The advantages of using MEC are common to all applications: ultra-low latency and high reliability, computing together with increased privacy and security for each specific application.Share this quote
Q: We often think of what’s happening during transport for transportation and logistics. However, a flurry of activity must occur in every place from office operations, yards, depots, tarmacs, a number of locations. How can MEC help with this in the industry?
A: As described in the question, the transportation and logistics industry can be broken into smaller segments of activity. In general, MEC can be implemented separately to each type of activity and its physical environment. However, further investigations must be done for each unique application. The advantages of using MEC are common to all applications: ultra-low latency, high reliability computing together with increased privacy and security for each specific application.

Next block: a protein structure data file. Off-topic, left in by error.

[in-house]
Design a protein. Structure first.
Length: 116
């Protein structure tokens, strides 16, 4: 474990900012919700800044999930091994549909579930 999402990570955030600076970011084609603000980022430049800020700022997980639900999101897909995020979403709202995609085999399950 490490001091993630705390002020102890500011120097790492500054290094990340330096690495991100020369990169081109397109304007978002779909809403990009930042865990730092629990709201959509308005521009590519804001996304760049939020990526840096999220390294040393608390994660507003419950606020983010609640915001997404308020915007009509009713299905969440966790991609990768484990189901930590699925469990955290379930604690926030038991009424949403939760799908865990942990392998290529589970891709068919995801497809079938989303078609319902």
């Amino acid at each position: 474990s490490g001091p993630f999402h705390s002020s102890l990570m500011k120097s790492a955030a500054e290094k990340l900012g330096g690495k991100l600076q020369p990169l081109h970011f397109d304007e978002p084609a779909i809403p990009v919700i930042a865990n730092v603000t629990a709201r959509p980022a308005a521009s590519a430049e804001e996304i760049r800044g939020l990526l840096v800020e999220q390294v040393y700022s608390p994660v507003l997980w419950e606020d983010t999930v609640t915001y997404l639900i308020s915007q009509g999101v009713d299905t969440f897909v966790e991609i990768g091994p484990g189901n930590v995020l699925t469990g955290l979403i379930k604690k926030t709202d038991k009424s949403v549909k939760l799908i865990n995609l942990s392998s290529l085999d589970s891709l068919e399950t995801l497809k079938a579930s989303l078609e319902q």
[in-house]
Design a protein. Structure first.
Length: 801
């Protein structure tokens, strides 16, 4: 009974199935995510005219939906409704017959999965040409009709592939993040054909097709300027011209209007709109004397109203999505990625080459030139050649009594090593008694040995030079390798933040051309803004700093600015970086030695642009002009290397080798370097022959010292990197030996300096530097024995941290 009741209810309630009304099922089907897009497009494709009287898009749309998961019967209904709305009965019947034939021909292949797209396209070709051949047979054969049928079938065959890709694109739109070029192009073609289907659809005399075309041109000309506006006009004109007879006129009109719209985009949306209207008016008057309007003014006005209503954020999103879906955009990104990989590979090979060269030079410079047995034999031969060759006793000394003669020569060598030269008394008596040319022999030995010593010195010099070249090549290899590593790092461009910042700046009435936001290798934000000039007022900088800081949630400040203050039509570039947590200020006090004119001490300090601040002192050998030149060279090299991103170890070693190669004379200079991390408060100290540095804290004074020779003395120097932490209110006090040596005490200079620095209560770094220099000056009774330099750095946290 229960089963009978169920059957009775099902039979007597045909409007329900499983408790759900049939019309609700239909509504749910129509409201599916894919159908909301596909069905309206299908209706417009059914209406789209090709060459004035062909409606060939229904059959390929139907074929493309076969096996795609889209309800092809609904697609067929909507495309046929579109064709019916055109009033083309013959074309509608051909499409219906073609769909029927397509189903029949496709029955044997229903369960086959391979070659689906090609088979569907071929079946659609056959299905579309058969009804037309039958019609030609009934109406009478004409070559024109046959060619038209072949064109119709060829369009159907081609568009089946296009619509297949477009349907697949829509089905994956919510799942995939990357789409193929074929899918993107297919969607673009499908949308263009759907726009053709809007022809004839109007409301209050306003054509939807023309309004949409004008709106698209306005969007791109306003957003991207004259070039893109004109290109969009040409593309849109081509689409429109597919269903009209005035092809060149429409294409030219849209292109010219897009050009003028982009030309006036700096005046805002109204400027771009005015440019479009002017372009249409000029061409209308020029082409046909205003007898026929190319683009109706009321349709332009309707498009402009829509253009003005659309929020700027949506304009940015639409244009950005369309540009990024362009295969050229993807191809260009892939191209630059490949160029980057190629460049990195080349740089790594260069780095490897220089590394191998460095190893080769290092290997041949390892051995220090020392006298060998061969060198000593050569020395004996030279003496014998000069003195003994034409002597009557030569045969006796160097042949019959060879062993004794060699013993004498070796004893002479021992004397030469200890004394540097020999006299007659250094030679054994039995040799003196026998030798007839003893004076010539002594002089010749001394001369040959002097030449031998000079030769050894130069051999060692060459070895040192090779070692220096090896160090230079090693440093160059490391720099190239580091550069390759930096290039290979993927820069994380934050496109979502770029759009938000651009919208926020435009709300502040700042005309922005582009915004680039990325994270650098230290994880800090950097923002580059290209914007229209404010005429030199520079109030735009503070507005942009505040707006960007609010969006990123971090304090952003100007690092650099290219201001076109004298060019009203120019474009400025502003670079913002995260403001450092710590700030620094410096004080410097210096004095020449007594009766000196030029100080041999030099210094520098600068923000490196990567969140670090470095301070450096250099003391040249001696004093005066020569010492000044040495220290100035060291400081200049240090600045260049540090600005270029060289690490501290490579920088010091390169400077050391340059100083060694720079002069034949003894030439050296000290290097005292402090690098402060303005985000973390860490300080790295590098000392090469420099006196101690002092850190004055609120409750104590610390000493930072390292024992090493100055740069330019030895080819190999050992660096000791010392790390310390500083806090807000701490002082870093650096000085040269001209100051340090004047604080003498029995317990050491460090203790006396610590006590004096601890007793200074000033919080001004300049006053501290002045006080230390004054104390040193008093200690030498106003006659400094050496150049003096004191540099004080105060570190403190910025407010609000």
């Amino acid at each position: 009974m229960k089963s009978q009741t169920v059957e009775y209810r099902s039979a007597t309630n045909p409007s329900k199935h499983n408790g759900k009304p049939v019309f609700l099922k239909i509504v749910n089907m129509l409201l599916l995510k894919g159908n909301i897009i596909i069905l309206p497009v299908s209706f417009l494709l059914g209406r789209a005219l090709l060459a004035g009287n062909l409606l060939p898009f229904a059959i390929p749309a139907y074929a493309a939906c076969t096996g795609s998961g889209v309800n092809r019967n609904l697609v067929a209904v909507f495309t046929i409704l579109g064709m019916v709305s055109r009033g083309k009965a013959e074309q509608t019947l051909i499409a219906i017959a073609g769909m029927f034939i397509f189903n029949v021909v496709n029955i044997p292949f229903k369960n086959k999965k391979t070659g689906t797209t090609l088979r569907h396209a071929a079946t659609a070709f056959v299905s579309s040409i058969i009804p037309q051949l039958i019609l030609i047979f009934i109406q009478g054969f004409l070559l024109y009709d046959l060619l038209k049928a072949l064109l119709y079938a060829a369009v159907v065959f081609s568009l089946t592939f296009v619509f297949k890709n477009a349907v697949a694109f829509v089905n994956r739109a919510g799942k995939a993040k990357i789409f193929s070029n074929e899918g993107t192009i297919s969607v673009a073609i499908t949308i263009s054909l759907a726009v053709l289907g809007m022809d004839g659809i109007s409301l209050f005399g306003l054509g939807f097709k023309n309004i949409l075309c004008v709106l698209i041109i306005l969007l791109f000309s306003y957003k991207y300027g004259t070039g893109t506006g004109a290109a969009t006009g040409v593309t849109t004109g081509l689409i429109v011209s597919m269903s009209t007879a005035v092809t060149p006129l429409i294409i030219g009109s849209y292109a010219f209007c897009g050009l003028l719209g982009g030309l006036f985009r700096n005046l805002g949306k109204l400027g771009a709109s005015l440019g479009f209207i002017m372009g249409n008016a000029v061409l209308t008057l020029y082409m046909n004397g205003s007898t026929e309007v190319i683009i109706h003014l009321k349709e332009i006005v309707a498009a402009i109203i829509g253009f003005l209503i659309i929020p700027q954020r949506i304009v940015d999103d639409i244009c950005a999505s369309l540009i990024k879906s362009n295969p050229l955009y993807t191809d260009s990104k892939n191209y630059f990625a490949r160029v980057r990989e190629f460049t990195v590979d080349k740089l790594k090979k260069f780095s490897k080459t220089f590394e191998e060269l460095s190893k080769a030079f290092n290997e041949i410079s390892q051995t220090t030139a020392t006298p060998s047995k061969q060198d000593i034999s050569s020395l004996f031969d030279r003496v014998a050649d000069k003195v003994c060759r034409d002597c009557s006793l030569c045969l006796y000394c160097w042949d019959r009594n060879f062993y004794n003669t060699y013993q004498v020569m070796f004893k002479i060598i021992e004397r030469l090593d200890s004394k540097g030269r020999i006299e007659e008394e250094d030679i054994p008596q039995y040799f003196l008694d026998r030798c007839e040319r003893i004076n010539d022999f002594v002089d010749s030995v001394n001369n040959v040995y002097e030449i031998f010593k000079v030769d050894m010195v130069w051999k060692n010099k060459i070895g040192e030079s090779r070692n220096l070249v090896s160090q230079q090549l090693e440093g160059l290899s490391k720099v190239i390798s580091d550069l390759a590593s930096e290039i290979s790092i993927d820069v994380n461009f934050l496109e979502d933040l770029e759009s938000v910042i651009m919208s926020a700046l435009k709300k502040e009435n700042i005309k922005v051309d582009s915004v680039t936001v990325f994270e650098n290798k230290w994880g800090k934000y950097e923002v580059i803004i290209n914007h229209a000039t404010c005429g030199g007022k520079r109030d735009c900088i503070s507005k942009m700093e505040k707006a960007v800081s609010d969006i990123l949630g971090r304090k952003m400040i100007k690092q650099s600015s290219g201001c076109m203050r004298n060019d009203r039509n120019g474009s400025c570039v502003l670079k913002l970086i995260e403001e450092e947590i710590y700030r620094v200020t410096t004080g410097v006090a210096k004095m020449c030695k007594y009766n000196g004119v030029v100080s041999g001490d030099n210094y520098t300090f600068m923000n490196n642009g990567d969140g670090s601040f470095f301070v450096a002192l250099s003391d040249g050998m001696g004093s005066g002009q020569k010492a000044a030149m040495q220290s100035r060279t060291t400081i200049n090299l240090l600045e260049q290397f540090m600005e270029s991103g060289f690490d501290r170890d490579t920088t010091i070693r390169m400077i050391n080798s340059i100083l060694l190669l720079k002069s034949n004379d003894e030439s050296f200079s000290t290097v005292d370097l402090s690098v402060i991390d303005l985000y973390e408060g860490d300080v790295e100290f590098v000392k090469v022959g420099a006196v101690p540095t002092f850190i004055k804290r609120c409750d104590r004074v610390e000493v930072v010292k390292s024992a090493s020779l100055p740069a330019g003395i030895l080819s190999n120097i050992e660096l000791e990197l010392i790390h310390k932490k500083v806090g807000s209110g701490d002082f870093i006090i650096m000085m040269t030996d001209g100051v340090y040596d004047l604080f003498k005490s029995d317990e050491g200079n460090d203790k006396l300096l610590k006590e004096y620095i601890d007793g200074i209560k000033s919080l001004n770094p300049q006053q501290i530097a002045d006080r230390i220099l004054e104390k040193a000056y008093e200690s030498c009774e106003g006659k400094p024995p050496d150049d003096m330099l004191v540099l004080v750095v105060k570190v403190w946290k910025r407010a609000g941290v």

Q: In the locations outside of the office, all of the modes of transport require a heavy dependence on mobility. Phones and tablets, including bring-your-own-device (BYOD) scenarios, are the standard for operations. Does MEC work for companies in this type of situation?
A: Yes, mobility devices can be connected to a MEC through the localized cellular coverage provided by the DAS in each scenario. However, for cybersecurity reasons, the SIM and IMEI numbers of the allowed devices must be programmed into the DAS for connectivity. Secondly, the MEC also works on routing tables that rely on IP destination addresses. If these IP addresses are not for the allowed devices, then connection to MEC will not be possible.